A novel marker panel for brain tumors?
9 slide(s) – English – 2011-09-10
A disturbance of iron homeostasis harbours the risk of cellular malfunction including ROS / oxidative stress triggered cell death. The multimeric protein Ferritin acts as cellular antioxidant by sequestering an excess of free iron (Fe2+). Besides intracellular Ferritin, secreted isoforms exist which show immunomodulatory and apoptosis-inducing properties involving p53 activity and Fas signaling. Notably, Ferritin has also been considered a non-specific tumor marker, the serum Ferritin levels increasing with size of tumor. However, little is known on serum Ferritin levels in glial and meningeal tumors, a few reports indicating the grade-dependent elevation of serum Ferritin which declines after surgical intervention.
We investigated serum Ferritin and a panel of apoptosis-related proteins for their potential usability as high grade glioma (HGG)(n=20)/ meningioma (WHO Grade I)(n=12) marker. For this serum diagnostics and analysis of tumor tissue sections by immunohistochemistry were employed. Blood samples from subjects lacking known pathological conditions which could influence serum Ferritin levels served as control (n=68).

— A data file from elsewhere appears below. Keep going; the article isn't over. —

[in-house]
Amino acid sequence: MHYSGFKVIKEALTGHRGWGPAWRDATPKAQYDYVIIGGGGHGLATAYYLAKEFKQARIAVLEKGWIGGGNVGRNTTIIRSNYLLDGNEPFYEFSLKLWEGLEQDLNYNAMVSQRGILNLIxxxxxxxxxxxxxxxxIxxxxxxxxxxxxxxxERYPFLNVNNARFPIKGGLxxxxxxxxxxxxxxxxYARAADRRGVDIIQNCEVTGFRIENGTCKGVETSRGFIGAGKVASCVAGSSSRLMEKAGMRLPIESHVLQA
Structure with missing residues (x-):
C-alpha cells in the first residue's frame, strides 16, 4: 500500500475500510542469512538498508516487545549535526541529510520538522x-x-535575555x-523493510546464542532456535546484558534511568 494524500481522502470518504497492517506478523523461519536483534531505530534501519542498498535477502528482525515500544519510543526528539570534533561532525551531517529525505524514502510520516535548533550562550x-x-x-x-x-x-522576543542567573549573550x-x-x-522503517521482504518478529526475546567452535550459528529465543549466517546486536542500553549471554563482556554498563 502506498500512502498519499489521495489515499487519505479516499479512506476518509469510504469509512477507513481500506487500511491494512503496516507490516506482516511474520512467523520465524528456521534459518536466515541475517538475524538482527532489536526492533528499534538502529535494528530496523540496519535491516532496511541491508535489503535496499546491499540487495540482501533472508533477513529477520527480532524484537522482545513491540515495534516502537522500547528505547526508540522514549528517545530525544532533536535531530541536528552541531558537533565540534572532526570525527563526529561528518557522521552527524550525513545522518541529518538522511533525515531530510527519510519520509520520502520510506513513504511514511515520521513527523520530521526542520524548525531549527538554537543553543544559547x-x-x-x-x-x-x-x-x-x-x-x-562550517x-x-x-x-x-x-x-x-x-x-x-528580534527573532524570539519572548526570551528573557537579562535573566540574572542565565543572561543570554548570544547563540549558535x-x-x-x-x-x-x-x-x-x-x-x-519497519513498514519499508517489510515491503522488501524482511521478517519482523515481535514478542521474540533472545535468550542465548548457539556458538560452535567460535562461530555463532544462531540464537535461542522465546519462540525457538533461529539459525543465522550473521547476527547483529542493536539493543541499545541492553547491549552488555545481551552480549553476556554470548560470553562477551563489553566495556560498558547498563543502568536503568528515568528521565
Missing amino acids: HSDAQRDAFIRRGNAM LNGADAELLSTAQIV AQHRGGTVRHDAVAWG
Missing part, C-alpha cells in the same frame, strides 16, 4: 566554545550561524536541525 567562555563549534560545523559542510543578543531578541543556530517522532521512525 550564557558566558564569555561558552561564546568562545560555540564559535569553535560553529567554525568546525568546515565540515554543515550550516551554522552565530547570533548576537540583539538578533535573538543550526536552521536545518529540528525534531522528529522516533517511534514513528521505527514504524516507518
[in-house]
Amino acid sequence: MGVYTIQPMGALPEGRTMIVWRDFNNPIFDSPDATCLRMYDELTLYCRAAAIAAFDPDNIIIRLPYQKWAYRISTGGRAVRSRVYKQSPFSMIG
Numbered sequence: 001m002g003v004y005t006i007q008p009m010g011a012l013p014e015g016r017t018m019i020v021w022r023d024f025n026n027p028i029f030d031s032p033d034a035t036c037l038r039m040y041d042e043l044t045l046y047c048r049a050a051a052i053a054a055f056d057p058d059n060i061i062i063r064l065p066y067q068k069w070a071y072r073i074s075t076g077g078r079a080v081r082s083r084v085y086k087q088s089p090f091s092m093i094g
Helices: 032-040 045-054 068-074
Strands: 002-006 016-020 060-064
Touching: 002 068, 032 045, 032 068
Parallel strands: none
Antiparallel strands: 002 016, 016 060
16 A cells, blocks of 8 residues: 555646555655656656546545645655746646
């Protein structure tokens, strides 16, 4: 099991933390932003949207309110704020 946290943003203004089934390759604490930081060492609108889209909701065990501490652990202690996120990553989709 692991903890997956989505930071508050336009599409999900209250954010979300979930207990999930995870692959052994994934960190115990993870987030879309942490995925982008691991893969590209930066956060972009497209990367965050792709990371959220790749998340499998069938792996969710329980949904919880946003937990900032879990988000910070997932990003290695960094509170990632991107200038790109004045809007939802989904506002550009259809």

Our findings indicate that serum Ferritin levels are increased in HGG patients and decline after surgical removal in patients with stable disease. However, patients with tumor progression show no difference in pre and post surgery Ferritin levels. In meningioma patients, pre surgery Ferritin levels do not differ from control levels but also decrease after surgery.
In tumor tissue, Ferritin shows a heterogeneous staining signal. p53, Fas and FasL are weakly expressed in the tumor tissue. On the contrary, immunohistochemistry of tissue sections reveals a prominent upregulations of Fas regulatory Flip in both types of brain tumors.
Our data provide a promising basis for establishing a reliable diagnostic and/or prognostic serum marker for glial / meningeal tumors.